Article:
I know that Ms. Morrow has the best of intentions in helping others, and I’m sure she has played a part in some powerful success stories that will be discussed in her book.  But I stand by what I wrote here.  My goal is to be as authentic, ethical and inspiring in my writing as I possibly can.  If my book can help moms make more sense of how to live well with postpartum bipolar disorder, and how to do that safely, then one of my biggest dreams will come true.

Mara hair

 

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17 thoughts on “Making Sense of It

  1. As a person who fights bipolar on a daily basis I see it like this. We are no different than cancer patients or diabetics. They have to take meds to attempt to healthy, productive life. We are no different. Yes, we have to take consistently take those meds on a daily basis; if we don’t that’s when the roller coaster happens and eventually we end up in the hospital. I know from experience. Yes, just like with any illness there are natural ways to treat the condition. For some it works, great, but don’t be nieve. Be smart, realistic. After many years of fighting the bipolar battle I found a combination of medication and natural sources that work. That’s the key, we are all so diverse and this is such a complex illness it’s important that you find what works best for you and stick with it. Even as bad as you hate taking those pills and there are times you don’t feel like you need them, trust me you do. For me it a combination of meds, exercise, and oils. Lavender oil, a couple drops on the forehead works miracles. I am off all anti-anxiety meds. Peppermint oil, a couple drops across the abdomen helps upset stomach; which is one of many side effects I have from my meds. My point is, there is no golden key for everyone. Whether it’s all meds or all natural. You have to decide what works best for you.
    I love that you are talking about bipolar depression after childbirth. It is so important and it is not talked about enough. My problems started after my second. This is awful, but God I don’t talk about this. I remember sitting in the rocking chair, holding my perfect, new born baby girl. I sat there with the most uneasy creepy, crawly Feeling like I wanted to throw my baby against the wall. It was the worst feeling to not trust myself with my baby girl. I made an appointment with my GYN immediately. That was the beginning my trial and error game with anti-depressants. That was almost 9 years ago. I found my pyschiatrist about 6/7 years ago. Over all these years with him we have tried multiple medications and toyed and played trying to find what worked for me. After two hospital visits, too many razor blade scars to count, and almost losing my family we finally found meds that work. I am so sorry this post is so long. IT’s hard to come across people who know where I am coming from. Bless you for starting this blog!! It is so important for women to know what they may be feeling is not normal, but at the same time is not their fault.

    1. This is an amazing comment. You never have to apologize for the length of any comments you write here! I’m blown away by all you’ve been through, and I’m inspired by how far you’ve come.
      Bravo to you for not being on anti-anxiety meds! (I’ve taken them for so long, and finally got off them but it has been SO hard!)

      I *love* using essential oils, by the way. Lavender is one of my favorites and so is orange (especially blood orange, which is difficult to find but incredible) & of course there are many other kinds, both familiar and exotic.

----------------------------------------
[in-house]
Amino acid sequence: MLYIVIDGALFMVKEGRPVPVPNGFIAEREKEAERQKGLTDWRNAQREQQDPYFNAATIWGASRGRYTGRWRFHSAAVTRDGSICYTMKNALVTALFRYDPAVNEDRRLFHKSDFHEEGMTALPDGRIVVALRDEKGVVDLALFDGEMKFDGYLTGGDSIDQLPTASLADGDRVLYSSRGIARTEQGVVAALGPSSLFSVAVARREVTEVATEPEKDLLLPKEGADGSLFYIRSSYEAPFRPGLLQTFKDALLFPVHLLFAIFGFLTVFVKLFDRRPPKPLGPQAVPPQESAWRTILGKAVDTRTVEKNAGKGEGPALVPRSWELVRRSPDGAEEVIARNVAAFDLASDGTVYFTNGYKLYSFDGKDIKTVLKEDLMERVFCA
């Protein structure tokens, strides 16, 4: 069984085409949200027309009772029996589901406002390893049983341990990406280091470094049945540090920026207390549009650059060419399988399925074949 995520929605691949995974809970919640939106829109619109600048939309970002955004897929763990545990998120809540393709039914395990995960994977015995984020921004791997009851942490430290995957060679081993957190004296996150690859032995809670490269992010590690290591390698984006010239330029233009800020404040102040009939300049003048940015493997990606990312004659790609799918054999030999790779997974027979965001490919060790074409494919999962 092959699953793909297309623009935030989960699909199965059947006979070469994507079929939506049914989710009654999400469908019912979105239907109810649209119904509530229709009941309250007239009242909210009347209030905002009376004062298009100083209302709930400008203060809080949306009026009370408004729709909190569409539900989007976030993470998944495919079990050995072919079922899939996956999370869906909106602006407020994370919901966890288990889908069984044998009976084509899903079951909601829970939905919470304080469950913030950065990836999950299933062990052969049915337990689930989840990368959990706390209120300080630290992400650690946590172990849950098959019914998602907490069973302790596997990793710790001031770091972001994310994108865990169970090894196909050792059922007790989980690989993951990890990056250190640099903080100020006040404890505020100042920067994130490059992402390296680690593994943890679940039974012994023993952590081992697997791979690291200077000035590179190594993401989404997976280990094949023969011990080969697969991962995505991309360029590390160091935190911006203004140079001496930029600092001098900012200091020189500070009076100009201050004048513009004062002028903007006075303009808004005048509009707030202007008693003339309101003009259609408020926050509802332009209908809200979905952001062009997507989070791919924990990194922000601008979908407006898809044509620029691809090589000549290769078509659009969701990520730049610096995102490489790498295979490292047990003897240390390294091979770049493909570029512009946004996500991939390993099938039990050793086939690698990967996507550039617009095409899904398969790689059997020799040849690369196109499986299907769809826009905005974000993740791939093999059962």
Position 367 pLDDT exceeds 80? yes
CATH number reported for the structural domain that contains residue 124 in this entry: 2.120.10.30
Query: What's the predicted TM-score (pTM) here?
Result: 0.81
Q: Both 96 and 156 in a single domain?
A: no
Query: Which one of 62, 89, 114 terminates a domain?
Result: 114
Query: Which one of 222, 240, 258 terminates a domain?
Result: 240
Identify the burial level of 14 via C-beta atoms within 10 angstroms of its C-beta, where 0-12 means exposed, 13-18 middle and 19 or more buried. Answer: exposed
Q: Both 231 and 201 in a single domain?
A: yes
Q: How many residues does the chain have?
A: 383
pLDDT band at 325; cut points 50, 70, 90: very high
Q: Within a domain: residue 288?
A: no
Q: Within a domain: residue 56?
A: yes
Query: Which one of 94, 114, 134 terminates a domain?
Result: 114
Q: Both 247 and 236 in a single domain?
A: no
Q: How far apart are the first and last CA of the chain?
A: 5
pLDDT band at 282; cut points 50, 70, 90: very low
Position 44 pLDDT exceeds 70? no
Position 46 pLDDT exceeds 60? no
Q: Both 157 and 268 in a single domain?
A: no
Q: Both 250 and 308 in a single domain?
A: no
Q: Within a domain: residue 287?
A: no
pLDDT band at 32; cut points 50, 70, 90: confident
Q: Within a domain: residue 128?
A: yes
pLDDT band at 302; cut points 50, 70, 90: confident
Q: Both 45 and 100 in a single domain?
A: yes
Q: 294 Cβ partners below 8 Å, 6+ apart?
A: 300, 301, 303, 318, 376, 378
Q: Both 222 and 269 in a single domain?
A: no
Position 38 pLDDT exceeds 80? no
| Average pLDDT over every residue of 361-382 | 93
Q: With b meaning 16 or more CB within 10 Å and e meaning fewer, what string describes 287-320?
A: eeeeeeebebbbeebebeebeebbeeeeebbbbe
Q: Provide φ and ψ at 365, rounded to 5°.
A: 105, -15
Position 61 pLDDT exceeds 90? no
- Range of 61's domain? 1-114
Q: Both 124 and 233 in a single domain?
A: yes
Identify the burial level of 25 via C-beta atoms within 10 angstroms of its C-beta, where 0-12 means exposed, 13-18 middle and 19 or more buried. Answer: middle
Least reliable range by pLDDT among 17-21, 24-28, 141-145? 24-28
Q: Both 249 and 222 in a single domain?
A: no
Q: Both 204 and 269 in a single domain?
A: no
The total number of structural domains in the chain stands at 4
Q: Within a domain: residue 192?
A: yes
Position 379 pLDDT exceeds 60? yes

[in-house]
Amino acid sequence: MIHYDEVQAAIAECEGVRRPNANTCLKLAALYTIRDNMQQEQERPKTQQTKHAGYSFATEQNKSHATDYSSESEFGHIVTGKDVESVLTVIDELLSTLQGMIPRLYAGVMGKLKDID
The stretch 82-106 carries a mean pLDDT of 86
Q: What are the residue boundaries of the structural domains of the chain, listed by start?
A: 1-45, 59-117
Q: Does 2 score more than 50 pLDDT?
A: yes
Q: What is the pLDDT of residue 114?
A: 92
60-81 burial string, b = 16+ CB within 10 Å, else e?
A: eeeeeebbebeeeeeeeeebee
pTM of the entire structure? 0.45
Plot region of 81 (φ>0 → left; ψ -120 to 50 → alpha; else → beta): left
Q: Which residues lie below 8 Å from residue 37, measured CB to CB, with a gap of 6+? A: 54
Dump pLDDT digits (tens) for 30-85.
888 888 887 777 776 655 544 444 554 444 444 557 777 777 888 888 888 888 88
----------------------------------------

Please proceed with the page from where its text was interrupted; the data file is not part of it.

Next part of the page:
Somewhere in this blog I wrote about working at a school that certifies people to be essential oil practitioners. It sounds a little hippie-ish, but the 440- hour-long http://www.cobha.org program is super-rigorous. Essential oils that are high-quality truly work for many ailments.

      Anyway, I agreed with every word you wrote. There is no golden key, just like you say. I applaud you for seeking medical help when you were postpartum and were feeling so uneasy – many women, tragically, are unable to be proactive the way you were able to manage. Thank goodness you were able to think clearly enough to get to that GYN!

      I could write a lot more here but I just wanted to send you a belated thank-you for taking the time to read the post and respond in such a heartfelt, encouraging, understanding manner. I totally understand where you are coming from, and I wish you the ABSOLUTE best with all my heart.

      be well!!! Dyane

      1. Thank you for your comments!! You know for so long I have felt captive to this disease, bp. Now, after all these yrs. Of experimenting with meds, finally, I have my life back. I just needed one thing, a voice. This blog has given me a voice, Thank you. Oh, about the oils…. 🙂 They make me smile. I haven’t used blood orange. Do you have to order it? I just buy mine from the natural food store. I get sick a lot from my meds, peppermint works great. Thanks for your kind words.

      2. hey again kdbug12 – I bought the blood orange oil personally from a renowned essential oils expert workshop leader who was only in town for the weekend. I paid only around $13 for a small bottle, but that was over a decade ago. If you are interested, his name is John Steele, he’s based out of Sherman Oaks, CA and his company is called Lifetree Aromatix. Here’s a link to learn more about the rare oils he’s involved with:

        http://shop.perfumersapprentice.com/c-57-naturals-h-z.aspx

        I am SO glad you’ve been given a voice via blogging, and that the essential oils make you smile – I looooooove them and need to buy some again! I run out and then get lazy, you know what I mean? Anyway, I’m sending you my best today! :))))) be well, dear kdbug12! Dyane

  2. Maybe they should say virtually med free,as you know Dyanne,my own position is one of using meds for managing mania,but apart from Hypericum Perforatum & Epa rich Omega 3 fish oils which are prescribed for me(this is done off list,ie it is using fish oils for the treatment of depression,which is something that is recognised for it’s efficacy, but is not actually recognised in terms of a Dr being able to prescribe it,it had to be organised by my consultant Psychiatrist, same went for the Hypericum Perforatum,this was done as I was one of the Bipolar people for whom antidepressants made manic & for whom mood stabillizers didn’t work.)